MSCC MARCH 25 FIVE FOR FRIDAY: FIVE CARS I’D LOVE TO SEE IN PERSON

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I’ve seen a lot of interesting classic cars (and trucks) over the last 13 years as a MyStar guy–in fact, I saw thousands of classics long before I was a MyStar guy.

Some of these classic cars were brand new because–yes–I’ve taken several trips around the sun.

Nevertheless, I haven’t seen every car on the planet, so here are five left on the list.

I’d love to see a ’58 Cadillac Eldorado Brougham. The Brougham was a guided missile aimed directly at the Lincoln Mk II and Rolls Royce buyers. This car was hand-built so this was a 13,000-dollar luxury car built in an era when you could buy an average house for 12K.

The Brougham had everything from stainless-steel roofs to an incredible list of small appointments that told the world you were driving the world’s most detailed luxury car. Things like glove boxes with compartments for everything such as a Cross pen and high-end perfume–they even had a built-in bar.

They rode on sophisticated, self-leveling, air suspensions and the doors locked automatically when you hit drive, plus they had 6-way memory seats–decades before these features became standard. They were powered by a 365 cubic inch, 3-deuce V-8. In fact, they were the most spectacular Caddy ever built–that’s saying something and that’s why I need to see one.      

The second car on the list is the Tucker 48 because it’s just like the Eldorado Brougham–the chances of seeing one at your local show are about the same as a Yeti sighting in Phoenix, AZ. If history–or the Tucker movie has taught us anything it’s this–the Tucker 48 was an underdog.

Tucker believed in safety features at a time when the Big Three had trouble keeping up to demand, so they weren’t concerned about repeat customers. Your trip through a windshield after a crash simply opened up a spot for the next guy behind you.

The Tucker 48 addressed this by building a car with a pop-out windshield and a rudimentary passenger crush zone. The 335 cubic inch, 166-horsepower, rear-mounted, air-cooled, flat-six, engine was rear-mounted, and it could push the Tucker up to 120 mph–that was Warp 10 speed back in ’48.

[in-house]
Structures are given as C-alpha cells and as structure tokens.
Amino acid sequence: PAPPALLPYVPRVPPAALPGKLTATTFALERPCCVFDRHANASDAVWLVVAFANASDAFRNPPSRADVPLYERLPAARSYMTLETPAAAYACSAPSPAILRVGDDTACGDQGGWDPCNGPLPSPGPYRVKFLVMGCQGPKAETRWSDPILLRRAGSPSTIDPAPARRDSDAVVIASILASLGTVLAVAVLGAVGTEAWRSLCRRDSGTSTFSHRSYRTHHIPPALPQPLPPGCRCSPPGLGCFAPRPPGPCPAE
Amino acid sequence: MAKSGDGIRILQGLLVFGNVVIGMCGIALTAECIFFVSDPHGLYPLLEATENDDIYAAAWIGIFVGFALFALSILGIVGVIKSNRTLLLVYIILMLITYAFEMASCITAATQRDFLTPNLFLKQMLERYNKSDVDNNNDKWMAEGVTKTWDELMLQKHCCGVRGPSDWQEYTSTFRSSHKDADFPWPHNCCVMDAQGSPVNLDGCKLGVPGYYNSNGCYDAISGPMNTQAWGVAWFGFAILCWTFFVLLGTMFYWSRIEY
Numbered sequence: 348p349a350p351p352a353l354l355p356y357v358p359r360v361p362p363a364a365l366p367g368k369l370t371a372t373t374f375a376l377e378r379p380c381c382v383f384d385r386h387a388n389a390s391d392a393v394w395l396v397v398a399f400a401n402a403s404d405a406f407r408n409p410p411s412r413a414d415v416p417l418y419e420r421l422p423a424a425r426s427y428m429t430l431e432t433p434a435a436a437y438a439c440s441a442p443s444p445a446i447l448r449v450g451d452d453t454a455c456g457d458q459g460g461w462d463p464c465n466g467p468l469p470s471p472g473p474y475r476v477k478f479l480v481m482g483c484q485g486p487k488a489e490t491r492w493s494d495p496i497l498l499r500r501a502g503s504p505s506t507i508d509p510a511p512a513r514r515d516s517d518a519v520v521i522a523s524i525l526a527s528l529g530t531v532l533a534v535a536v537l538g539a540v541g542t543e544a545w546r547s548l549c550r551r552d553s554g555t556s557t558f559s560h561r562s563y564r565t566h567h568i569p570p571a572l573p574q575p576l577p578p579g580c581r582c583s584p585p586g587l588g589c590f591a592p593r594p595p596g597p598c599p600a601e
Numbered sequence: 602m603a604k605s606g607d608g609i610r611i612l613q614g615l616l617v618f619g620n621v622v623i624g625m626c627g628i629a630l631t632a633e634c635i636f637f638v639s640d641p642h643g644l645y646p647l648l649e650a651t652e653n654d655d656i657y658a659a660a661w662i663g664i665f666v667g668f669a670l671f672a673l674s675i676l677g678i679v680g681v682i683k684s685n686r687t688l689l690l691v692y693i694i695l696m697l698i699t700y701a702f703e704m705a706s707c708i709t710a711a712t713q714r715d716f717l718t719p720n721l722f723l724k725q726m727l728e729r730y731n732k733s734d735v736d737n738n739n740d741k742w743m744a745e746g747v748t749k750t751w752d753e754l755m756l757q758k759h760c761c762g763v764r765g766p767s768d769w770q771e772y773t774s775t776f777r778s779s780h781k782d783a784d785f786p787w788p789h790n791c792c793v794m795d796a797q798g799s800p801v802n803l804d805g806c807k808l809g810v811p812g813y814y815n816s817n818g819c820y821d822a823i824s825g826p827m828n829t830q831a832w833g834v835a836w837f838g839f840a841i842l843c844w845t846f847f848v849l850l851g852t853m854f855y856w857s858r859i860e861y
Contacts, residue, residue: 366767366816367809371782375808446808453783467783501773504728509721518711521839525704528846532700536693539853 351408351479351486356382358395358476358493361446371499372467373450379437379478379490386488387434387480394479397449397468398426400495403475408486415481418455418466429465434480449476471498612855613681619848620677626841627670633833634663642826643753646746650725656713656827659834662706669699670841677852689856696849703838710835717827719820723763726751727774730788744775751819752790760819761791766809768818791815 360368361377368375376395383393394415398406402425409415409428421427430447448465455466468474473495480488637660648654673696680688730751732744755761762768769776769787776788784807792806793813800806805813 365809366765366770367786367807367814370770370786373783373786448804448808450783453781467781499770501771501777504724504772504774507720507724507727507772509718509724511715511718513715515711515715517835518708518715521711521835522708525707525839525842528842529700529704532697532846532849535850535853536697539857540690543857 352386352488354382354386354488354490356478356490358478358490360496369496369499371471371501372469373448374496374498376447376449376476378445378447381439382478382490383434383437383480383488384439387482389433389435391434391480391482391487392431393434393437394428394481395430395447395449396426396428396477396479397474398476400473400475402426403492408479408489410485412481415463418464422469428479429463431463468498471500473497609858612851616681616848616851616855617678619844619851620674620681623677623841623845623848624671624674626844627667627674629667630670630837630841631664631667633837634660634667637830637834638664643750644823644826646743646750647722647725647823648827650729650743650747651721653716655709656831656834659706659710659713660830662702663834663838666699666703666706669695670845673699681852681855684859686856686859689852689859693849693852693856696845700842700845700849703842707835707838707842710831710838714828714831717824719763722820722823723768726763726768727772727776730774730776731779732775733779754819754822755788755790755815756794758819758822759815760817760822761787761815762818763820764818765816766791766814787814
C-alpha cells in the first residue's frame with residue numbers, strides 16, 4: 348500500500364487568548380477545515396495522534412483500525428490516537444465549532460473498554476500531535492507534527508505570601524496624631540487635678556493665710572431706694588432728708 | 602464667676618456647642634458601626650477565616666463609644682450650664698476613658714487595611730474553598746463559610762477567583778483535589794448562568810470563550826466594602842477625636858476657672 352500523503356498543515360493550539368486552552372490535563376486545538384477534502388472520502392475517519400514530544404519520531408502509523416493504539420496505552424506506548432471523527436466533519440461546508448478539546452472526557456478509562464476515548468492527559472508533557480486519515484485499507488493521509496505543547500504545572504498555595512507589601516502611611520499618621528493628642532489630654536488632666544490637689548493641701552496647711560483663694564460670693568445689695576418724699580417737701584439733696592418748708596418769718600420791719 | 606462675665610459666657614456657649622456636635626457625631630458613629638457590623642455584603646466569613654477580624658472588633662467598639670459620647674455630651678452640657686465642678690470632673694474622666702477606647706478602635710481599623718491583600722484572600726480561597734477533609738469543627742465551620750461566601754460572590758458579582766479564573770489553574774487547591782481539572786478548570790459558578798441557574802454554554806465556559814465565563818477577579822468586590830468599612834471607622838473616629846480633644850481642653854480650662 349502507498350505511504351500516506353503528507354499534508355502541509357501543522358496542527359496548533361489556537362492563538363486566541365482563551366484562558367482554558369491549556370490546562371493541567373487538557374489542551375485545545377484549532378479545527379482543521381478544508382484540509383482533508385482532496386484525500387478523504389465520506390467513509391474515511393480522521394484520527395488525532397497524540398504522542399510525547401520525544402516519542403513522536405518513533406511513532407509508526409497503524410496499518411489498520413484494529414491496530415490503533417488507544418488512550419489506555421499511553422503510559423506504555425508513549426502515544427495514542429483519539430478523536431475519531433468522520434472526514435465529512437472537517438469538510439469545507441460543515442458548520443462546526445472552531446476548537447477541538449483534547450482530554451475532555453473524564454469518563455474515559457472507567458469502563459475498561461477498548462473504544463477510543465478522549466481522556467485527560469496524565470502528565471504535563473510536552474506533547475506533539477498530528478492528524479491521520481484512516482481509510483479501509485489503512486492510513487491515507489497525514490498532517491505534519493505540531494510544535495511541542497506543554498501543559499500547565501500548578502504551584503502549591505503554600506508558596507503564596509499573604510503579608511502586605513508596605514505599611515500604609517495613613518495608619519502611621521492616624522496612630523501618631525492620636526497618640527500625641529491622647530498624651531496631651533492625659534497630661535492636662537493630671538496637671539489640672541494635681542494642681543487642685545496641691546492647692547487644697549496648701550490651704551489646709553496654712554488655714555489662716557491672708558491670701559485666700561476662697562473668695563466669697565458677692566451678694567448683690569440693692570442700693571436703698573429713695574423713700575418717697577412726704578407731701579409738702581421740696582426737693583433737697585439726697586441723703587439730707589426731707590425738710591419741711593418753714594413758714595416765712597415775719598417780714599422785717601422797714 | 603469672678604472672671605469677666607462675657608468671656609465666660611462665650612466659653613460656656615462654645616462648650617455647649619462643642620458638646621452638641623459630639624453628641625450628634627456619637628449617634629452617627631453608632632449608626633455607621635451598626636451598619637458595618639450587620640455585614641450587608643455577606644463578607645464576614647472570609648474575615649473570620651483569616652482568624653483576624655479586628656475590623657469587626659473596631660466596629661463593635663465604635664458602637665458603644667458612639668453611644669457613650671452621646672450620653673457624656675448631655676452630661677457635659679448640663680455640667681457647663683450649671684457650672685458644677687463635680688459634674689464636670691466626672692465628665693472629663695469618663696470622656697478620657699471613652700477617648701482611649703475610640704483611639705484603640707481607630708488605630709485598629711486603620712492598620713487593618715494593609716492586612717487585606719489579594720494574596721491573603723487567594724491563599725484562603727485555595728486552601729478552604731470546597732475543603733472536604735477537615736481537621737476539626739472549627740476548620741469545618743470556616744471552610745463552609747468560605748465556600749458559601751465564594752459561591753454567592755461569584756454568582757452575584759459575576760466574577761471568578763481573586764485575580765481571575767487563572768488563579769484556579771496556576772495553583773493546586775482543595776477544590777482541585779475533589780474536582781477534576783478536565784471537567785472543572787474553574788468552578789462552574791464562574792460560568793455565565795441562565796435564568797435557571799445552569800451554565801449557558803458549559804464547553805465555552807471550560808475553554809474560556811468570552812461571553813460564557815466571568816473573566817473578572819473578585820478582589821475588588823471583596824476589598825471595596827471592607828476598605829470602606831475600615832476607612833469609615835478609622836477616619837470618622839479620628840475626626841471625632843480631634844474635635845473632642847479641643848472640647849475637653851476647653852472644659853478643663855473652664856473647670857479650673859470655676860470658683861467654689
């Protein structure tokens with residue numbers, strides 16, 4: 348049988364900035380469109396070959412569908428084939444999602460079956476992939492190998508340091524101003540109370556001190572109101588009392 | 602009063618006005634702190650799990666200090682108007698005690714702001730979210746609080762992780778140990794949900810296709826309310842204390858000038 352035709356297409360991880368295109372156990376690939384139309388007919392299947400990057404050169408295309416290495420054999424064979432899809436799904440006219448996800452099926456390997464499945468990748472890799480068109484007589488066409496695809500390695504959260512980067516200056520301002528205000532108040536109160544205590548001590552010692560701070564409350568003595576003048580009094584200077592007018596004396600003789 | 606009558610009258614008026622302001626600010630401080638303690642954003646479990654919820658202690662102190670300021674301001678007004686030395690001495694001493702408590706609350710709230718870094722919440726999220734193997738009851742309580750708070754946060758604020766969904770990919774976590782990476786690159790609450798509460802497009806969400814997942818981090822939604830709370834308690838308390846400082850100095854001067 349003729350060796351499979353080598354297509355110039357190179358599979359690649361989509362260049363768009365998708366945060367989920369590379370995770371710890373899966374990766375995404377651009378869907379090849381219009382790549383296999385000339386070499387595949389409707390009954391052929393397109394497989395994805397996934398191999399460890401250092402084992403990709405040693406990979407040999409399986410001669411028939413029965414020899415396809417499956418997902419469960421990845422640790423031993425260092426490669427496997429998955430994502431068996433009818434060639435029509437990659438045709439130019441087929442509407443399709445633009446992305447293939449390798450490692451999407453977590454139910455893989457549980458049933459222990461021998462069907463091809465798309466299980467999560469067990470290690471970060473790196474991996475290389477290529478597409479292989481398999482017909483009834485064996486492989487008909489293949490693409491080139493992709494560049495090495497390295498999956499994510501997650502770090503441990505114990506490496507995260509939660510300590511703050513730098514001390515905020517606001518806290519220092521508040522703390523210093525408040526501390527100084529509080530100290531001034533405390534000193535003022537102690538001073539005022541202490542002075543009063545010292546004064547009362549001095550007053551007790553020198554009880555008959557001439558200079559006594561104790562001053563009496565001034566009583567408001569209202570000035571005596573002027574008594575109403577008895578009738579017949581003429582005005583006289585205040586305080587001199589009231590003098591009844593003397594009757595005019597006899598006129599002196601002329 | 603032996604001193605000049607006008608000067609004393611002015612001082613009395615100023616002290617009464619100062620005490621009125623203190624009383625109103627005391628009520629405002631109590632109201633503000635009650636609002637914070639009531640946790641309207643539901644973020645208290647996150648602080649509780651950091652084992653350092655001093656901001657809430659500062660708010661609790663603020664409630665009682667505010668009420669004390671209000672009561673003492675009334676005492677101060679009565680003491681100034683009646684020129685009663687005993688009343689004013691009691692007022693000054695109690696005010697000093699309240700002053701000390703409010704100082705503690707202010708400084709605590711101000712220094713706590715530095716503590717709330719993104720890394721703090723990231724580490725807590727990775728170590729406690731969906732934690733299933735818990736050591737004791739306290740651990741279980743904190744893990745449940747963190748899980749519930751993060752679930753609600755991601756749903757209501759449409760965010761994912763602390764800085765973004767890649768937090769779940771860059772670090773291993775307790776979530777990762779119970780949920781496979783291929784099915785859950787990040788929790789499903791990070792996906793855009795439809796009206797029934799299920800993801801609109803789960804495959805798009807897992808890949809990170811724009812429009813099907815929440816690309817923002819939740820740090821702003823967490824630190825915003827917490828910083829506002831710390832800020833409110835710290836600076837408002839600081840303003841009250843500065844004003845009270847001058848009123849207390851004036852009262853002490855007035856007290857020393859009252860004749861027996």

They also had a Cyclops Eye headlight in the middle of the grille–another unique feature. They didn’t build many Tuckers back in 1948 and most of them are in collections or museums so I while might not see one at a show, but I know where to find one.

The third choice is another car you’ll never see at 99.9% of car shows. It’s the 1937 Cord 812 Phaeton. They were cutting-edge cars and one of the most obvious features were the hideaway headlights, but they had other things that separated the Cord 812 from every other car back in ’38.

The step-down interior was one of them. This design put the running board-less passenger compartment between the frame rails, and it was possible because the Cord had front-wheel drive.  There was a 288 cubic inch, 170-horse, supercharged engine under the hood so this baby could definitely outrun a flathead Ford back in ’38 because it could hit 110 mph. They were cool and way ahead of their time, but I’ll probably have to hit Pebble Beach to see one in person.

The fourth choice is the Mustang I concept car.  This was technically the first Mustang because it debuted in late 1962. Ford called it the ‘Ford Mustang Experimental Sports Car’, and it was nothing like the famous Mustang.

This was a running vehicle, and it had an aluminum body wrapped around a two-seater sports car. It had front disc brakes, a fully independent suspension, rack and pinion steering and a mid-engine, 109-horsepower, V4 engine. The Mustang I did a little track time because Dan Gurney pushed it over 120 mph at Watkins Glen. 

I’ve seen fleets of Mustangs at shows, but I don’t like my chances of seeing a Mustang I–unless I break into the Ford Museum.

Last, but not least, is the Plymouth XNR. This was a Virgil Exner concept car (hence the XNR), and it was based on the brand-new Valiant platform. Exner was on the back nine of his career at Chrysler, but the XNR really defined his vision.

The single tailfin was a reach back to the finned 50s, and the front end looked like something George Barris would build, but it was built by Ghia. The XNR was a beast because its 170 cubic inch, 250-horsepower, slant-six could get this little speedster up to 150 miles per hour.    

I can’t see the original because it’s in the hands of a private collector, but there is a replica in a museum. In other words, I’ll never see the XNR at a local show.

Nevertheless, these cars are still around–in one form or another–that’s what makes life worth living.                                 

Jerry Sutherland

By: Jerry Sutherland

Jerry Sutherland is a veteran automotive writer with a primary focus on the collector car hobby. His work has been published in many outlets and publications, including the National Post, Calgary Herald, Edmonton Journal, Ottawa Citizen, Montreal Gazette, Saskatoon StarPhoenix, Regina Leader-Post,  Vancouver Sun and The Truth About Cars. He is also a regular contributor to Auto Roundup Publications.

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